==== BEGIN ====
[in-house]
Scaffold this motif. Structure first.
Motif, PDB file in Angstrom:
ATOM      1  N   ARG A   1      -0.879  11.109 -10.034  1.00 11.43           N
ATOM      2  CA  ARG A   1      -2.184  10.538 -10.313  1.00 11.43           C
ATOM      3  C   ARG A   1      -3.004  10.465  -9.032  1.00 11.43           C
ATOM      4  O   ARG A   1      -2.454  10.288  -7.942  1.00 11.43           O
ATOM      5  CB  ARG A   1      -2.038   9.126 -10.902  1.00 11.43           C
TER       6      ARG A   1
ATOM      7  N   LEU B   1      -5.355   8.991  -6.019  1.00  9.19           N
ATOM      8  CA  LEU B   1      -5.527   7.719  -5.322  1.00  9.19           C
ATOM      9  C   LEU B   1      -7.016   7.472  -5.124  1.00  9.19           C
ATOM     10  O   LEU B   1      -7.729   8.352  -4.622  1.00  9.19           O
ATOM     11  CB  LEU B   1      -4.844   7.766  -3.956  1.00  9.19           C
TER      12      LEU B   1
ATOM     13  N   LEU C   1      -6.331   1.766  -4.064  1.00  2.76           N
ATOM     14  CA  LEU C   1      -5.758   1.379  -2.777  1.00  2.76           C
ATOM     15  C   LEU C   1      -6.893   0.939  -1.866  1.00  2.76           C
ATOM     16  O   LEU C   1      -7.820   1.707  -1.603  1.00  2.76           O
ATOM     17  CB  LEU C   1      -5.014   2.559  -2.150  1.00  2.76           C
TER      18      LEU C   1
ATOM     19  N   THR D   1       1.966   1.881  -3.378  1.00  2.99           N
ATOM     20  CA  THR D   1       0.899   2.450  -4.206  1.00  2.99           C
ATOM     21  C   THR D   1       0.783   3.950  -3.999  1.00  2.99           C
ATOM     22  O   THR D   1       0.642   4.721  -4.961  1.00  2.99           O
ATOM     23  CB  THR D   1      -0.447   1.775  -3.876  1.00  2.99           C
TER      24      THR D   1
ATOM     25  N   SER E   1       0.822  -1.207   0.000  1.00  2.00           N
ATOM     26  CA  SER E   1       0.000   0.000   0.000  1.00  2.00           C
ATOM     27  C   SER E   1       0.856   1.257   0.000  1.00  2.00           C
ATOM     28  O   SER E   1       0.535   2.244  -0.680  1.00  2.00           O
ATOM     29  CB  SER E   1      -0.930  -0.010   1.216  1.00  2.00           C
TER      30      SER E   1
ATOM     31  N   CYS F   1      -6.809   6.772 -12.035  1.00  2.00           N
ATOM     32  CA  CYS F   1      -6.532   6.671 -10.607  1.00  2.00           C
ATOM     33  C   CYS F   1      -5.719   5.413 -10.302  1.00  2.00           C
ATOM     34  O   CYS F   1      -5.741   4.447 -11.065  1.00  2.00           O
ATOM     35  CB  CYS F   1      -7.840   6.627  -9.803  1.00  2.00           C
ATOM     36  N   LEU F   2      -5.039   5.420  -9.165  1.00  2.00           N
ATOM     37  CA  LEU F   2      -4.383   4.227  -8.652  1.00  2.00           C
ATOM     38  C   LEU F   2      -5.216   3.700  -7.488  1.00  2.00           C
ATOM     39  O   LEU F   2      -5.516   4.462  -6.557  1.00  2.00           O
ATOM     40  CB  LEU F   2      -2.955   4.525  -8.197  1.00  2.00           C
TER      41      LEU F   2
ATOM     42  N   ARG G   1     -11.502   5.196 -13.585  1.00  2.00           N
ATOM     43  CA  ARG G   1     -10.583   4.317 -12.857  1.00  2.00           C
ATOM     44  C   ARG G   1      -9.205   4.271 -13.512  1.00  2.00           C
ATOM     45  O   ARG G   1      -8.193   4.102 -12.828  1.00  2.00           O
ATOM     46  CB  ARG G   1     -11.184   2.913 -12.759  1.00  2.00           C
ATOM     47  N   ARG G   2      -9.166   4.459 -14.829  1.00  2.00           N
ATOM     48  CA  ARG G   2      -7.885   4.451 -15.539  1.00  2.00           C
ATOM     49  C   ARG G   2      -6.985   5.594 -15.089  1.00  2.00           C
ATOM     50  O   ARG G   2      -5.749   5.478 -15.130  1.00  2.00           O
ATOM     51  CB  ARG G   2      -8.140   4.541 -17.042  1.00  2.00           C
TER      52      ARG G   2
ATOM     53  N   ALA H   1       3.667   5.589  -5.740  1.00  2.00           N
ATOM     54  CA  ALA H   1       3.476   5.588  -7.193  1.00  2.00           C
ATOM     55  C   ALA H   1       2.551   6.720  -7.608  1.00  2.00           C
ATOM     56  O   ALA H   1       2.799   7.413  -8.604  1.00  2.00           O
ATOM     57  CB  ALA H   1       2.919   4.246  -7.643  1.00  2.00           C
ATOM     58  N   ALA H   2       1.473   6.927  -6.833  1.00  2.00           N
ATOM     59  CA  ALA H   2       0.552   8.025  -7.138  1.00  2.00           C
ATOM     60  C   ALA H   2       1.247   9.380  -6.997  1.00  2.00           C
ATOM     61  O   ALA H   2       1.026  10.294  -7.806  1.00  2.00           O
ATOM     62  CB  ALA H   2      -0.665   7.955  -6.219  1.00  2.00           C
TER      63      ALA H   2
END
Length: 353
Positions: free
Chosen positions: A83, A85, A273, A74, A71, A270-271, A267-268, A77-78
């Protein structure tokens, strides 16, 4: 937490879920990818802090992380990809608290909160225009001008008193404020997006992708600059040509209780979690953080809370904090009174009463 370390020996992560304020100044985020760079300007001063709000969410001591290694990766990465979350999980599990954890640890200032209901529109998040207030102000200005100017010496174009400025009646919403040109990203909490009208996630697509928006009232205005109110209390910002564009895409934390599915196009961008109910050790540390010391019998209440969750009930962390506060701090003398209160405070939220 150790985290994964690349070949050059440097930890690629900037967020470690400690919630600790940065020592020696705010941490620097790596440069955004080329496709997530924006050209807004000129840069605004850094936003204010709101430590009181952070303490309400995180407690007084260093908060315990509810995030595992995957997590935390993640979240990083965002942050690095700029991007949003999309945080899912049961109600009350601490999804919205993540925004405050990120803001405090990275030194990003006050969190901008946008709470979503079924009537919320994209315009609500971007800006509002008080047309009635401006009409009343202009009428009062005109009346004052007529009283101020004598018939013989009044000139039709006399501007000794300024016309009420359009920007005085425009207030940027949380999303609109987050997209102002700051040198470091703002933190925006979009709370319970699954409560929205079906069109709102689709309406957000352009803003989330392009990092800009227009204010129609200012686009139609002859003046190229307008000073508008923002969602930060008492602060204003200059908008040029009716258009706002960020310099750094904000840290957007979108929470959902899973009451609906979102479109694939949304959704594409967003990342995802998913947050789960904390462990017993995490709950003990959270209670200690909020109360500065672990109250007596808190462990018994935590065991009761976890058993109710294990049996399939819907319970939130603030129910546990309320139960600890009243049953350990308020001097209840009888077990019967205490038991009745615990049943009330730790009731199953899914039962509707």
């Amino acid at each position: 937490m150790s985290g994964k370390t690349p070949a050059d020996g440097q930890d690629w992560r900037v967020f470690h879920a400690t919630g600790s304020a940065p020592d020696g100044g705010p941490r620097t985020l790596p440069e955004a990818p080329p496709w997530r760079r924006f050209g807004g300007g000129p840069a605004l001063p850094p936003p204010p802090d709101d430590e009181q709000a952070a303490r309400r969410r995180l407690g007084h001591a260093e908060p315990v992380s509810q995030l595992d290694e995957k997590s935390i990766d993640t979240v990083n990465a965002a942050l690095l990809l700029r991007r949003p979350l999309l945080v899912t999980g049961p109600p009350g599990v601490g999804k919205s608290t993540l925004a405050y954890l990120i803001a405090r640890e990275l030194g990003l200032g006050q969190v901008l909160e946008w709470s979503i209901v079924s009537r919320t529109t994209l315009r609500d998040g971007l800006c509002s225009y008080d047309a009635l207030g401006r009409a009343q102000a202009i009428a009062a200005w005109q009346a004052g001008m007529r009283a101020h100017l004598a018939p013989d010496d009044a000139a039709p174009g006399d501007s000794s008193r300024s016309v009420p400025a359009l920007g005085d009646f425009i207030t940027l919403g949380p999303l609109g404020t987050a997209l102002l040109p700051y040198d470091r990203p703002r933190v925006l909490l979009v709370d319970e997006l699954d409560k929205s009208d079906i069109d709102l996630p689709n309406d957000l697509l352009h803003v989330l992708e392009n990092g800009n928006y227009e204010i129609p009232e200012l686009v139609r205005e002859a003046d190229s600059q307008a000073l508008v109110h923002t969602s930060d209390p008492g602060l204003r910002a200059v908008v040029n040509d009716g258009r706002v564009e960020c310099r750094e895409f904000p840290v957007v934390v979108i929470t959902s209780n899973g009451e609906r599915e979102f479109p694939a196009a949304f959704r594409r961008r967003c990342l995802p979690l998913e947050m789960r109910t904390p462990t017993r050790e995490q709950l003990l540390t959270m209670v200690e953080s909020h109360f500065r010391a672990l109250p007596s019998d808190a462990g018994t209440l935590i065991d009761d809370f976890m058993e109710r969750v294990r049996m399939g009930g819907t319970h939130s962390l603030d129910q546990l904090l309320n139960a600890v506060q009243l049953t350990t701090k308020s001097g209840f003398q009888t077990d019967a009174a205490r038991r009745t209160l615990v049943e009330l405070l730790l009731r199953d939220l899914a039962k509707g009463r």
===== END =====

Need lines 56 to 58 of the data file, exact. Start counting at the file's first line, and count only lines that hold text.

ATOM     53  N   ALA H   1       3.667   5.589  -5.740  1.00  2.00           N
ATOM     54  CA  ALA H   1       3.476   5.588  -7.193  1.00  2.00           C
ATOM     55  C   ALA H   1       2.551   6.720  -7.608  1.00  2.00           C